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National museum features planned Michigan redevelopment project
Release Date: 10/22/2008
Contact Information: Karen Thompson, 312-353-8547, email@example.com
FOR IMMEDIATE RELEASE
(Chicago, Ill. - Oct. 22, 2008) A planned Muskegon Heights housing development hasn't even been built yet, but it's already in a museum. Mona Terrace, a residential neighborhood projected for the site of a former municipal wastewater treatment plant, is part of an exhibit opening Oct. 23 at the National Building Museum in Washington, D.C.
The year-long exhibition titled "Green Community" features communities of all sizes where government and the private sector are coming together to work for a more sustainable future. It's the third in a series of National Building Museum exhibitions that focus on sustainability in architecture, planning and design.
"Mona Terrace was chosen for this exhibit because it's part of a national EPA pilot program to show how contaminated sites known as 'brownfields' can be redeveloped and put to good use," said Ann Wentz of EPA's Region 5 office in Chicago. "The Mona Terrace plan creates a walkable, sustainable community with gardens and spaces for kids to play."
The 51-acre site near Little Black Creek in Muskegon Heights is being cleaned up and redeveloped through the combined efforts of EPA, local and state governments, and private developers. Bruce Clarke, an environmental engineer for Williams and Beck Inc., who has been consulting on the project with the city since 2001, said a collaborative effort was important to finding ways to pay for the work and for getting the project off the ground.
Clarke said sustainability will be a key factor in every phase of the redevelopment, beginning with demolition on the site, tentatively planned for the spring of 2009.
"The plan is to recycle all materials from the demolition, like steel, aluminum and copper," Clarke said. "We may also be able to recycle old concrete into road-bed material, and some of the mechanical equipment on the site might be reused somewhere else. We're even looking at reusing some of the tanks from the old wastewater treatment plant."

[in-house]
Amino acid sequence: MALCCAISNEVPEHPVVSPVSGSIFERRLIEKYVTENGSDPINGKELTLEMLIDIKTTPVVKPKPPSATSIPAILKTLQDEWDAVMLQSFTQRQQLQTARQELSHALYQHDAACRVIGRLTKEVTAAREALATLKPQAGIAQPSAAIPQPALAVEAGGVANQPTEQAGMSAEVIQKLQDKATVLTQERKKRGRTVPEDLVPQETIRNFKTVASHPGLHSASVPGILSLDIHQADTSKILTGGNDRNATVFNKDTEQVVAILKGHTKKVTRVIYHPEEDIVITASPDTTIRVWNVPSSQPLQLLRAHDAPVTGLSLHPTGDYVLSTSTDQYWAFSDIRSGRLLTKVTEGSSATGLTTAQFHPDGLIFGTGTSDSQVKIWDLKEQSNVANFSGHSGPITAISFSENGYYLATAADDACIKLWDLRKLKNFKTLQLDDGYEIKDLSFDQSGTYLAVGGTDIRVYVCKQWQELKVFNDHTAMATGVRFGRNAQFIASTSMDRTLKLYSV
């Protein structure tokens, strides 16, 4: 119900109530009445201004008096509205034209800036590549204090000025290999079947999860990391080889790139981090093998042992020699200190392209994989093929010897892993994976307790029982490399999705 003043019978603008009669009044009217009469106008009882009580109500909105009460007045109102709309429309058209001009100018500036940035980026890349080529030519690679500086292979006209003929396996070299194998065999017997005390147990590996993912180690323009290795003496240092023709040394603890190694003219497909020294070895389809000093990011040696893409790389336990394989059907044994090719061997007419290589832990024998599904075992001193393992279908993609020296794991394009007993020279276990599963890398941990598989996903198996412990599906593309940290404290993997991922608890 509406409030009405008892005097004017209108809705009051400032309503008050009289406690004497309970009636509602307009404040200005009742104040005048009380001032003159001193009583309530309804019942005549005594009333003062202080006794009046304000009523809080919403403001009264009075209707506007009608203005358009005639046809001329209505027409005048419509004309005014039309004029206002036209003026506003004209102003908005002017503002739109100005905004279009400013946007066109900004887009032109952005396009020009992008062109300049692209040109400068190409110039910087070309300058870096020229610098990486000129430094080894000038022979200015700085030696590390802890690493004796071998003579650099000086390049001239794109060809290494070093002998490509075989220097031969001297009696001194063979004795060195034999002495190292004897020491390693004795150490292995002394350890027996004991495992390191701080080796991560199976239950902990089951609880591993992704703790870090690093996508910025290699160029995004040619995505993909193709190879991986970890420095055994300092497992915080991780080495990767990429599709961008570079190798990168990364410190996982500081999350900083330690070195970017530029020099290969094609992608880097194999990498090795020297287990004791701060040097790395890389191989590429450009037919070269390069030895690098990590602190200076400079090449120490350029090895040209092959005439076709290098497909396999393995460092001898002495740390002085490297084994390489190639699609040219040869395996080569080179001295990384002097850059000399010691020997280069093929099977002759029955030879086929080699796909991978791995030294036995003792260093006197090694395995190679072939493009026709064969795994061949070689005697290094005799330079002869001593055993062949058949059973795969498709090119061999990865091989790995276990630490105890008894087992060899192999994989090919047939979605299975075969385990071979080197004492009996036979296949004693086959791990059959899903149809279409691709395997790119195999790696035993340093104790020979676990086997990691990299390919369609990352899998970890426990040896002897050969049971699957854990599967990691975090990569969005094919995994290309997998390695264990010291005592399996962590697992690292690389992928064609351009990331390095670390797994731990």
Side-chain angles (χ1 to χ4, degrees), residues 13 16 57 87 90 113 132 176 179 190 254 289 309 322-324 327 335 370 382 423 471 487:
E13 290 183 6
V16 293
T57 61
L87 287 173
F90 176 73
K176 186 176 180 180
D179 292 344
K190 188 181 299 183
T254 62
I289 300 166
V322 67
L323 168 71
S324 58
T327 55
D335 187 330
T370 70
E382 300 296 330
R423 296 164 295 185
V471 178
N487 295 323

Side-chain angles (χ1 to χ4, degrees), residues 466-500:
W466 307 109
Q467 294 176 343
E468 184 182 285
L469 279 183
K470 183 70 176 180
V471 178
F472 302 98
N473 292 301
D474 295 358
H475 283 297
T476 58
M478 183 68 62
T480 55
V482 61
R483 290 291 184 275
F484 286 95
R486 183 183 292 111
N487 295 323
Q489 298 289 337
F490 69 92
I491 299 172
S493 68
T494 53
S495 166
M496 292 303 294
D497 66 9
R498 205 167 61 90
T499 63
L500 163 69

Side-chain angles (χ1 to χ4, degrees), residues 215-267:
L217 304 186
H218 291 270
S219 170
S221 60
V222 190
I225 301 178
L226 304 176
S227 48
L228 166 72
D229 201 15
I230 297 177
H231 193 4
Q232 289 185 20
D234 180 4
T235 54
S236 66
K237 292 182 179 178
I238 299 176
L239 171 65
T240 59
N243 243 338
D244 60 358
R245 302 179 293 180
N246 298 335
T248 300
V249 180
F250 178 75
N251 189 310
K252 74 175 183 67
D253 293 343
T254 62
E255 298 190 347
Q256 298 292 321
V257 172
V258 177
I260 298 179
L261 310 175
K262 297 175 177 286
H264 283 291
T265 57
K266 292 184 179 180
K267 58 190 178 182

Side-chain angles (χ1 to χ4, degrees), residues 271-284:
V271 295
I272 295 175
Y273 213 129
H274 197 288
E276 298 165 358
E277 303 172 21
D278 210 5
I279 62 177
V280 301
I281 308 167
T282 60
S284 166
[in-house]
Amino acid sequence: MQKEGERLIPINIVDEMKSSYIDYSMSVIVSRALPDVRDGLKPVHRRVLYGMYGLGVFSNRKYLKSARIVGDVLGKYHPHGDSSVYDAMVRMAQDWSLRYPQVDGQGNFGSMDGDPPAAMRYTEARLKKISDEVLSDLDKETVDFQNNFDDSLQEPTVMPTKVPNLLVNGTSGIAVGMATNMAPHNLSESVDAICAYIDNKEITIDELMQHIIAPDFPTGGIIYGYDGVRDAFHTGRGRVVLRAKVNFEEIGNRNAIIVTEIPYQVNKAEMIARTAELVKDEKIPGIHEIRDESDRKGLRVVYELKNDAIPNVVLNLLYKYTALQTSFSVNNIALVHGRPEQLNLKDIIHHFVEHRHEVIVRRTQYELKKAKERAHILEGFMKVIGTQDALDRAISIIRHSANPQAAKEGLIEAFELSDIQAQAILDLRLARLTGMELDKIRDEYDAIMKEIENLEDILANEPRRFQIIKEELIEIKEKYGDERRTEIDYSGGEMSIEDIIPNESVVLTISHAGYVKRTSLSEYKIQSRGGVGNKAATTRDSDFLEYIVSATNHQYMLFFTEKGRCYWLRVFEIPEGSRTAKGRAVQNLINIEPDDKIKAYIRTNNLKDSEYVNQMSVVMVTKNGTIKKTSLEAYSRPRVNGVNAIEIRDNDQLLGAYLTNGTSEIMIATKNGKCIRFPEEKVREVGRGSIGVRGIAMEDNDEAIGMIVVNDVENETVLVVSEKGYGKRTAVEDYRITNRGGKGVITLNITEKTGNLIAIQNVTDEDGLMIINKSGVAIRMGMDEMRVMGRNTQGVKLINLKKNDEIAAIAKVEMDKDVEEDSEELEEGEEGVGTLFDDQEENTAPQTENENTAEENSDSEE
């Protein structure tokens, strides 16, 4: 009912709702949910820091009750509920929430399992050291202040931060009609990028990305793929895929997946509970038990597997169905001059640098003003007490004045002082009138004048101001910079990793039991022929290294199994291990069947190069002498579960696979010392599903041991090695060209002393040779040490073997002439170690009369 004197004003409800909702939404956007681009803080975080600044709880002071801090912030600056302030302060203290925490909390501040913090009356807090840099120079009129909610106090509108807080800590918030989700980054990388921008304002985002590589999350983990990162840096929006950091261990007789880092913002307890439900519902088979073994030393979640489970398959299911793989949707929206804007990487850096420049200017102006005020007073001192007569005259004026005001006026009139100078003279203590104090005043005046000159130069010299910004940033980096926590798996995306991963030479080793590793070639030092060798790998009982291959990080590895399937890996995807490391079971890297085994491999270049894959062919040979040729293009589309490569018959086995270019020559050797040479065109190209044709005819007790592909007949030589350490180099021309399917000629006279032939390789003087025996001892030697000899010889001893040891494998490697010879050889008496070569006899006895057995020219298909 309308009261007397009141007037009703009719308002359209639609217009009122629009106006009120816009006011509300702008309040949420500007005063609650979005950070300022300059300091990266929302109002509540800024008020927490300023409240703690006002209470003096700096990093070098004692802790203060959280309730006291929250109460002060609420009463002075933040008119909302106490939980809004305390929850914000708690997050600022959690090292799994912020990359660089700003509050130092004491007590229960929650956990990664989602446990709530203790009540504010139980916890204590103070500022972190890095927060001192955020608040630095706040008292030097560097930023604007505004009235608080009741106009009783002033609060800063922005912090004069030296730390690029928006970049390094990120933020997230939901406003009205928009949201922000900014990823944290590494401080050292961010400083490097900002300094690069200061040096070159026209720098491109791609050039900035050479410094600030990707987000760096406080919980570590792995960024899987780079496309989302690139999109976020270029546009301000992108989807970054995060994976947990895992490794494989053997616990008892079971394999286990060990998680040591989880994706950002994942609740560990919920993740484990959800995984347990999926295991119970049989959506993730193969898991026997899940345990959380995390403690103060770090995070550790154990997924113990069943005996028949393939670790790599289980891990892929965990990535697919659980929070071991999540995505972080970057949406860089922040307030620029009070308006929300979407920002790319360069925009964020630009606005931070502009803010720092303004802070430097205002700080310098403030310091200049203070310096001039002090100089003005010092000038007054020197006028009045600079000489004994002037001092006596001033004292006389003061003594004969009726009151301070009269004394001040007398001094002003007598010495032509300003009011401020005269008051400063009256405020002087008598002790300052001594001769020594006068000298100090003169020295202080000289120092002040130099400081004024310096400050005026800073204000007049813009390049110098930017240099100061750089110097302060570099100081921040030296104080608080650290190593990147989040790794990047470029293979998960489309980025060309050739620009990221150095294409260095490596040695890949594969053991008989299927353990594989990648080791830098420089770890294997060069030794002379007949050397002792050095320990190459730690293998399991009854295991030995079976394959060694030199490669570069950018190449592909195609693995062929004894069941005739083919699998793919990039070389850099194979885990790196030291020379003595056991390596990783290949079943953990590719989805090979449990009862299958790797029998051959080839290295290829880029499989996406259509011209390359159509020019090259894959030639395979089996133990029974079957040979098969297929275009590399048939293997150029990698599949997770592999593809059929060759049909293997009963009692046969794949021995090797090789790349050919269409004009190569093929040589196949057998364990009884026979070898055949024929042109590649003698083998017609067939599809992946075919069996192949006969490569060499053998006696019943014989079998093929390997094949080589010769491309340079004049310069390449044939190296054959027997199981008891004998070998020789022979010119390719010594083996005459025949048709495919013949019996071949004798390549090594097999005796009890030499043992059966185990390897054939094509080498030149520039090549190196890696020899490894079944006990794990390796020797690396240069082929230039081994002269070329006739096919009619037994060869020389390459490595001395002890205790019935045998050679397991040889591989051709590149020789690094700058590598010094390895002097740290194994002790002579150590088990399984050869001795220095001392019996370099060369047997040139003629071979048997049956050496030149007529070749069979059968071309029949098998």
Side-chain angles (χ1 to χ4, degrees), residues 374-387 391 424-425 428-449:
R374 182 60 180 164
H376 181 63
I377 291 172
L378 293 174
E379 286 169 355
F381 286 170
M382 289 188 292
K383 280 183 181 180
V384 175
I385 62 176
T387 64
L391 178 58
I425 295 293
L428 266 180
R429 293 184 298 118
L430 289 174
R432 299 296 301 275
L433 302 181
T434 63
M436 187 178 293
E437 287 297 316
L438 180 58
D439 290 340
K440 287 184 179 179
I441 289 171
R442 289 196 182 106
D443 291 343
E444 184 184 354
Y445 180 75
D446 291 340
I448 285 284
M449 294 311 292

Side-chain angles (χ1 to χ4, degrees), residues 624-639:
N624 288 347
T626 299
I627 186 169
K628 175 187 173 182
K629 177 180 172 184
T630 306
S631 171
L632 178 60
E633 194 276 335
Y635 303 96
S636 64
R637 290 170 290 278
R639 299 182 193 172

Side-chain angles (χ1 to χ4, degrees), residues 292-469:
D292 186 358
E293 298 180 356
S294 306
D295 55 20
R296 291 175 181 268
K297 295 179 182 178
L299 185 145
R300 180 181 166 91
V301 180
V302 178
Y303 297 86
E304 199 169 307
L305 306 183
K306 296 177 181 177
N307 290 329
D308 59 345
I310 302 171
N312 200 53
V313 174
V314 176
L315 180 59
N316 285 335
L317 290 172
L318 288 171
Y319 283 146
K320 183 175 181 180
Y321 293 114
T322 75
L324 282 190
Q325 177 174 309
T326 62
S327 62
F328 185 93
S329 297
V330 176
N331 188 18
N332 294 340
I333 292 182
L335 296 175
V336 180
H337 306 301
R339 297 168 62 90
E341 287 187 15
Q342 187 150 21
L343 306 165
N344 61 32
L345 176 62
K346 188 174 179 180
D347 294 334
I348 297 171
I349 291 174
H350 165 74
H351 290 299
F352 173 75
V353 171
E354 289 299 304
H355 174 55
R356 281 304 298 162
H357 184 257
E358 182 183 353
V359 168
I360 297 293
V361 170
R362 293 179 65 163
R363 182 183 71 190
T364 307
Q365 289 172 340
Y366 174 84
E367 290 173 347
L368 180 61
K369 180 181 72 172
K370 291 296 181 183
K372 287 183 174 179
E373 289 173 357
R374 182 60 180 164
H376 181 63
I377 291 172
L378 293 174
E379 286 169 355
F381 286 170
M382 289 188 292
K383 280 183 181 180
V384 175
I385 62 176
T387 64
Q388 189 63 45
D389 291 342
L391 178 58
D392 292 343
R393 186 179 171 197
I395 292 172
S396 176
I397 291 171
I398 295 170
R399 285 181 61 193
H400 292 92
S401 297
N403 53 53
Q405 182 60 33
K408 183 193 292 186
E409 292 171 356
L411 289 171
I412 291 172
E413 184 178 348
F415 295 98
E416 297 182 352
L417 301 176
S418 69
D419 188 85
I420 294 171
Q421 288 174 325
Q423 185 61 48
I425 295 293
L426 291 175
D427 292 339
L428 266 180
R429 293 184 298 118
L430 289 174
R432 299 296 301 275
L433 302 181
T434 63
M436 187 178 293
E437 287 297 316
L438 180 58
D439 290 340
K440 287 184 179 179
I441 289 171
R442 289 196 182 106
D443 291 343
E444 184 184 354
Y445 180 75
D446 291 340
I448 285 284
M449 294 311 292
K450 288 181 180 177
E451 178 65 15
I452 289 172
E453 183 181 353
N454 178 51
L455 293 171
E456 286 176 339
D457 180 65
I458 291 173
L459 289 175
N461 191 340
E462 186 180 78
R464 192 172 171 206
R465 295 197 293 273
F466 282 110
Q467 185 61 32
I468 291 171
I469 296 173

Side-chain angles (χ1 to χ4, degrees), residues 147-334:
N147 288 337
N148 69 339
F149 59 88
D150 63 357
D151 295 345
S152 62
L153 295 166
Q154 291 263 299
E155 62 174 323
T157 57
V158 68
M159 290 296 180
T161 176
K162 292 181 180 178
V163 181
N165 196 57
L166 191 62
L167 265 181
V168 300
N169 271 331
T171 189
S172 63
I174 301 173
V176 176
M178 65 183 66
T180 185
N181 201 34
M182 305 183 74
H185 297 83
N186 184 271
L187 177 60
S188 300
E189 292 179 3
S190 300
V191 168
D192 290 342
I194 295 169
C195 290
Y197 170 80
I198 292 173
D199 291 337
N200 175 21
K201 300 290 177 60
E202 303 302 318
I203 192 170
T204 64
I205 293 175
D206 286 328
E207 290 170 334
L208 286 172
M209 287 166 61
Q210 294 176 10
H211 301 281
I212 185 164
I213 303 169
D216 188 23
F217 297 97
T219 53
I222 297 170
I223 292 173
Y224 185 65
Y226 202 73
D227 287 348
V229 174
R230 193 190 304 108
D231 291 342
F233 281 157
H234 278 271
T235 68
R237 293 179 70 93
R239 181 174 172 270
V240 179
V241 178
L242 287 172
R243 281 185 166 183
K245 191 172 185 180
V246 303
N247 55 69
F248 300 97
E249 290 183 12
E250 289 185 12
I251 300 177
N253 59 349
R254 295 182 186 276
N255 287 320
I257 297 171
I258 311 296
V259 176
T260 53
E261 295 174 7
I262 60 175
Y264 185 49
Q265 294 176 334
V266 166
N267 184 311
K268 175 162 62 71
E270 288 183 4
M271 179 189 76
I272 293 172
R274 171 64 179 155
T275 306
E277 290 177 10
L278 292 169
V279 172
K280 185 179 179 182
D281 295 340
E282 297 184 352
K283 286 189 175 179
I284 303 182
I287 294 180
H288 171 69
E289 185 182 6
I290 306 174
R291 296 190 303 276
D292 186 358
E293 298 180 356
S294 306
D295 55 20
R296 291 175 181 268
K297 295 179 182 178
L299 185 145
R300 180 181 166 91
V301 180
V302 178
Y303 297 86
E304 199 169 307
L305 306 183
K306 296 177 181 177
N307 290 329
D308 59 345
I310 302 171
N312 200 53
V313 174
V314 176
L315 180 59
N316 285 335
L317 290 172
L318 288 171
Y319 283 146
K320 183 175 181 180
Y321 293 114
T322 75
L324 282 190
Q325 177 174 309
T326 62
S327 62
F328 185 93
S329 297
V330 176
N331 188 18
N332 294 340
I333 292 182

When basic development work begins on utilities and streets, as early as fall of 2009, more sustainable practices will start to find their way into the project. City officials and developers hope to incorporate solar and wind power as well as green roof technology.
"The Mona Terrace project is part of EPA's Environmentally Responsible Redevelopment and Reuse Initiative, which we call ER3," said Sara Rasmussen of the Office of Solid Waste at EPA Headquarters in Washington, D.C. "The program promotes sustainable cleanup and reuse of contaminated sites in ways that help reduce the environmental impacts of the redevelopment, including wildlife habitat destruction, stormwater runoff and energy consumption. ER3 builds on EPA's efforts to use redevelopment and revitalization of contaminated sites as a way to encourage cleanups that otherwise may not occur."
ER3 seeks to establish the next generation of environmental protection - one that prevents or reduces contamination in developed areas. To achieve this goal, EPA - through the ER3 initiative - will encourage developers and property owners to implement sustainable practices during the redevelopment of contaminated sites.
The "Green Community" exhibition is designed to answer two questions, "What kind of community is green?" and "How can we make communities green?" Visitors will learn that a green community conserves its land, offers multiple options for transportation, provides open space for recreation and cultivation, and uses its natural and cultural resources wisely. Mona Terrace is featured in the part of the exhibit exploring sustainable planning strategies such as cleaning up and redeveloping brownfields, planning for diverse modes of transportation, smart use of natural resources, land conservation and minimizing waste.
Other communities in the exhibit are located throughout the United States as well as in countries such as Argentina and the United Arab Emirates. The diverse array of communities highlighted demonstrates successful and innovative examples of sustainable planning, policies, design and technology at scales large and small.
When "Green Community" closes its run at the National Building Museum in October 2009, the exhibit will travel to other cities. The museum is America's leading cultural institution dedicated to exploring and celebrating architecture, design, engineering, construction and planning. Open since 1985, the National Building Museum is located at 401 F St. N.W., Washington, D.C. Admission is free.
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